auto

Changes to auto in C++11

In C++11, the keyword auto is used for automatic type deduction. But in C and in prior versions of C++, auto has an entirely different meaning. It’s used to explicitly identify a variable as having automatic storage:

int foo ()
{
  auto int iX; // iX has automatic storage
  ...
}

Because programmers can use the auto keyword only with variables that are already automatic by default, they rarely bother using it. Its main function is to document that you really wanted to use a local automatic variable. In C++11, this usage no longer is valid.

New meaning of keyword auto

Specifies that the type of the variable that is being declared will be automatically deduced from its initializer. For functions, specifies that the return type is a trailing return type.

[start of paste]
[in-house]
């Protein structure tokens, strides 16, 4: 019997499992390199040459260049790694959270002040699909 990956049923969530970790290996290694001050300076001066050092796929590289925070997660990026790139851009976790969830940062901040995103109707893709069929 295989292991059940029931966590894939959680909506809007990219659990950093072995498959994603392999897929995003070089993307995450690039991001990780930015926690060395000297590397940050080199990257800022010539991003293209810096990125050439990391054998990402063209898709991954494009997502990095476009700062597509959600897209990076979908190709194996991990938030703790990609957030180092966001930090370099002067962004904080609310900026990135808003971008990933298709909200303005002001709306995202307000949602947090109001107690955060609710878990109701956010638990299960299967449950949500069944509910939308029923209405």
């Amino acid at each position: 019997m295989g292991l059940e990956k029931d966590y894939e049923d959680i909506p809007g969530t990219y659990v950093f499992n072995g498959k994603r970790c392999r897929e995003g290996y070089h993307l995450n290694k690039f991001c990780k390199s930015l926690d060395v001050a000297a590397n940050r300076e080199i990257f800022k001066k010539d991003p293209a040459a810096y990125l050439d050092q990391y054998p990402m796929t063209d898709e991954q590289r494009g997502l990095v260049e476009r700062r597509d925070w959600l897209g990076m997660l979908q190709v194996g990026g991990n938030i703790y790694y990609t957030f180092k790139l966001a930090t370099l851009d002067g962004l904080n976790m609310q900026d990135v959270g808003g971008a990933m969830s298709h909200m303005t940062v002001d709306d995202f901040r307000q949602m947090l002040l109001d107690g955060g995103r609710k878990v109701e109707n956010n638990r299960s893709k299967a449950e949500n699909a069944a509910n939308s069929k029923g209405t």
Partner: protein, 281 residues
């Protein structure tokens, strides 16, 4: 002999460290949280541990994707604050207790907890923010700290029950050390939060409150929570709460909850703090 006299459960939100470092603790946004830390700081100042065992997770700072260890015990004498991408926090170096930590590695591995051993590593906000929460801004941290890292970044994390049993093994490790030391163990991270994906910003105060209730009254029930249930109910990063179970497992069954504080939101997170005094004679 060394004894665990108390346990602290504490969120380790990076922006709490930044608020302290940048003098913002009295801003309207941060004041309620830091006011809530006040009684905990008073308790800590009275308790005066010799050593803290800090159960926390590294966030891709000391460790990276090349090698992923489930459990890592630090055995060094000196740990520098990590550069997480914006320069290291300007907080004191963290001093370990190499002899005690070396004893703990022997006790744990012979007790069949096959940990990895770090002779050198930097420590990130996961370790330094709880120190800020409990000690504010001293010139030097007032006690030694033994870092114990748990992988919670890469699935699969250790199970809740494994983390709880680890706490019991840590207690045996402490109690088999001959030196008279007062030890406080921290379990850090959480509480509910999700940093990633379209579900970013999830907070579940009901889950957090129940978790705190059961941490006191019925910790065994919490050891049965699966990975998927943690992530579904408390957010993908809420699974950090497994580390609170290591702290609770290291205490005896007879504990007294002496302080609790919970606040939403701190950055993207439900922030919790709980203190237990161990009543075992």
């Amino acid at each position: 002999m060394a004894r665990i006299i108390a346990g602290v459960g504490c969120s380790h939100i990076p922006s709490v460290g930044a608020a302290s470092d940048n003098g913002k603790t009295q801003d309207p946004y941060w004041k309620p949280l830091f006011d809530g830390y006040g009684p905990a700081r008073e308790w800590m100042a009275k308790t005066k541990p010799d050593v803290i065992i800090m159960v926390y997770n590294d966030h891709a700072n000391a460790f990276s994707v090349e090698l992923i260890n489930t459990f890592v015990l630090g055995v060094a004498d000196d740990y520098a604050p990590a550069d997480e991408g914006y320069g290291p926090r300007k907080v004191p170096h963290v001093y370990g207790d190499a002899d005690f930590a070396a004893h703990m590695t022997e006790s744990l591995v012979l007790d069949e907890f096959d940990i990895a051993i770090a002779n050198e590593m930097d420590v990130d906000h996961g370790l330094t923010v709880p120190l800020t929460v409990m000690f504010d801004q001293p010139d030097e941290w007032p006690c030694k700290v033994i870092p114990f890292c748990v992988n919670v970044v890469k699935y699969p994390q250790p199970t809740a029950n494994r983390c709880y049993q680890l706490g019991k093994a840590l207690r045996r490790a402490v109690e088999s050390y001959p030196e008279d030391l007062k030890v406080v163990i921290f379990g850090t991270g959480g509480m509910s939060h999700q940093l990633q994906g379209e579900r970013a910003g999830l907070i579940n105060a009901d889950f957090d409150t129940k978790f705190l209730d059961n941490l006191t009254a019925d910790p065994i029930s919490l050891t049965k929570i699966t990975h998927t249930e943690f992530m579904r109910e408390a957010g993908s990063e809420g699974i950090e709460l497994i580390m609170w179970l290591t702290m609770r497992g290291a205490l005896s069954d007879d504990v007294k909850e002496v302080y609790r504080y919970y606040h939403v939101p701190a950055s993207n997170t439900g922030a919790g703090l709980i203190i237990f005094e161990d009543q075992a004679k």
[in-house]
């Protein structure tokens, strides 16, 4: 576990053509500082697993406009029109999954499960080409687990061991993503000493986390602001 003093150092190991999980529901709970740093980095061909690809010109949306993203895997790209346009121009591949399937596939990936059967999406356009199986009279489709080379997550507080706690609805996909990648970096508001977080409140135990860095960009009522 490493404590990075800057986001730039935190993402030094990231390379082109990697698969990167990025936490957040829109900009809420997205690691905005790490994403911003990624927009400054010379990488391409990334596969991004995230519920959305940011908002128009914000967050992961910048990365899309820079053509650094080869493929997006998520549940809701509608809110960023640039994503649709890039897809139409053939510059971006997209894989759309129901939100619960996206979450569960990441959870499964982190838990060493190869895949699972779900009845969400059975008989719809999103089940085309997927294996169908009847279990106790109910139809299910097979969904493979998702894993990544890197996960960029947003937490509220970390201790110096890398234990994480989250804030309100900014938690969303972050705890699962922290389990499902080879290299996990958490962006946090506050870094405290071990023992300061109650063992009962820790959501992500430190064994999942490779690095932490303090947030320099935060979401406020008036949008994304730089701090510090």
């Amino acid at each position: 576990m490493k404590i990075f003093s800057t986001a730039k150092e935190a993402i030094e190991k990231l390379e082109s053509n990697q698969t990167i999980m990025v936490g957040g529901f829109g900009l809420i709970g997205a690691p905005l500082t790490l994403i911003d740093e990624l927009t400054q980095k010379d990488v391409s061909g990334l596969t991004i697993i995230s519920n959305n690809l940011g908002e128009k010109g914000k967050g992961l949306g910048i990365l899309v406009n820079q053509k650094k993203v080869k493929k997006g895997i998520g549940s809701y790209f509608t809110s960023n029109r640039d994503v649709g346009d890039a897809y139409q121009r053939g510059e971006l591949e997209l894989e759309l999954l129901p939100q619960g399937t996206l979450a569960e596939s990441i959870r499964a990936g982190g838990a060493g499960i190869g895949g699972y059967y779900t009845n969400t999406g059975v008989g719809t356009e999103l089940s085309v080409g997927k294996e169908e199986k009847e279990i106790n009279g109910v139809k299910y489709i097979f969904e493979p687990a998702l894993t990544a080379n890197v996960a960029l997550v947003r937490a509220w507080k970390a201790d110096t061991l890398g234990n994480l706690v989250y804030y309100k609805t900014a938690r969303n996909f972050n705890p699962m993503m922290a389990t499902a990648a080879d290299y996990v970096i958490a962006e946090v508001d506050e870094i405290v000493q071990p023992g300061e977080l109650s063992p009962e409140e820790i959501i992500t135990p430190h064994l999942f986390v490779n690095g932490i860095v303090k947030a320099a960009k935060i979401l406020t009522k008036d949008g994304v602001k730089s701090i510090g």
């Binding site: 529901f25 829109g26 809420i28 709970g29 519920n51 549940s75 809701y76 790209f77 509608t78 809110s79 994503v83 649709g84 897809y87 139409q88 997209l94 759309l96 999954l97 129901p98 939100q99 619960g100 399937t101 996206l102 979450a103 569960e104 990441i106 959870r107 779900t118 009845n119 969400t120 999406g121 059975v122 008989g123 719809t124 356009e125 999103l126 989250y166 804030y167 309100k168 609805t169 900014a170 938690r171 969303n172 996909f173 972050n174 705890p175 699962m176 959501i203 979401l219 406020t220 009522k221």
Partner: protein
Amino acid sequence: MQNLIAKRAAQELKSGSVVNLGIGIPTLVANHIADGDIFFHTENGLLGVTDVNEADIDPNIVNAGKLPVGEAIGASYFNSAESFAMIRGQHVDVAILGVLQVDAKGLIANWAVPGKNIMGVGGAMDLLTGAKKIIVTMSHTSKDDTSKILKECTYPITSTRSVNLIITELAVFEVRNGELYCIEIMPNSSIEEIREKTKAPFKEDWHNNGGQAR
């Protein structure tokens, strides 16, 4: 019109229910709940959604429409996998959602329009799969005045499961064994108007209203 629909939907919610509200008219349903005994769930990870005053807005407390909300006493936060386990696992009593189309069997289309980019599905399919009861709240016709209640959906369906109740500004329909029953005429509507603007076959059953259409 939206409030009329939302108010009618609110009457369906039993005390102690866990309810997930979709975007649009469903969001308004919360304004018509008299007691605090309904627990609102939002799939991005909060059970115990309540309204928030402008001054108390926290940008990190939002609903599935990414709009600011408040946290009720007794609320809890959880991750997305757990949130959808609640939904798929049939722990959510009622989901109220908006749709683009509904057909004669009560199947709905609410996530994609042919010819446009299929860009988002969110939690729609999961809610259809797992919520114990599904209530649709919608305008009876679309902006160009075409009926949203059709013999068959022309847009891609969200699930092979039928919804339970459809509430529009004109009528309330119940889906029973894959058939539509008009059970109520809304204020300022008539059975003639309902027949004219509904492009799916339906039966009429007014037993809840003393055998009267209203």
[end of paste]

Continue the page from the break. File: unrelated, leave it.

When declaring variables in a scope of function or in namespace scope, in initialization statements and etc, the type of the variable may be omitted and the keyword “auto” may be used instead.  Once the type of the initializer has been determined, the C++11  compiler sets the type of the variable to the type of the initialization value:

#include <iostream>

int main()
{
  auto x = 1 + 2;
  auto y = &x;

  std::cout << "type of x: " << typeid(x).name() << '\n';
  std::cout << "type of y: " << typeid(y).name() << '\n';

  return 0;
}

Output:
auto1
For example, we can define a pointer to a function in the following way:

#include <iostream>

double Add( int x, float y)
{
 double aa = x + y;
 return  aa ;
}

int main()
{
 auto pFun = Add;
 std::cout << "type of pFun: " << typeid(pFun).name() << '\n';

 return 0;
}

Output:
auto2

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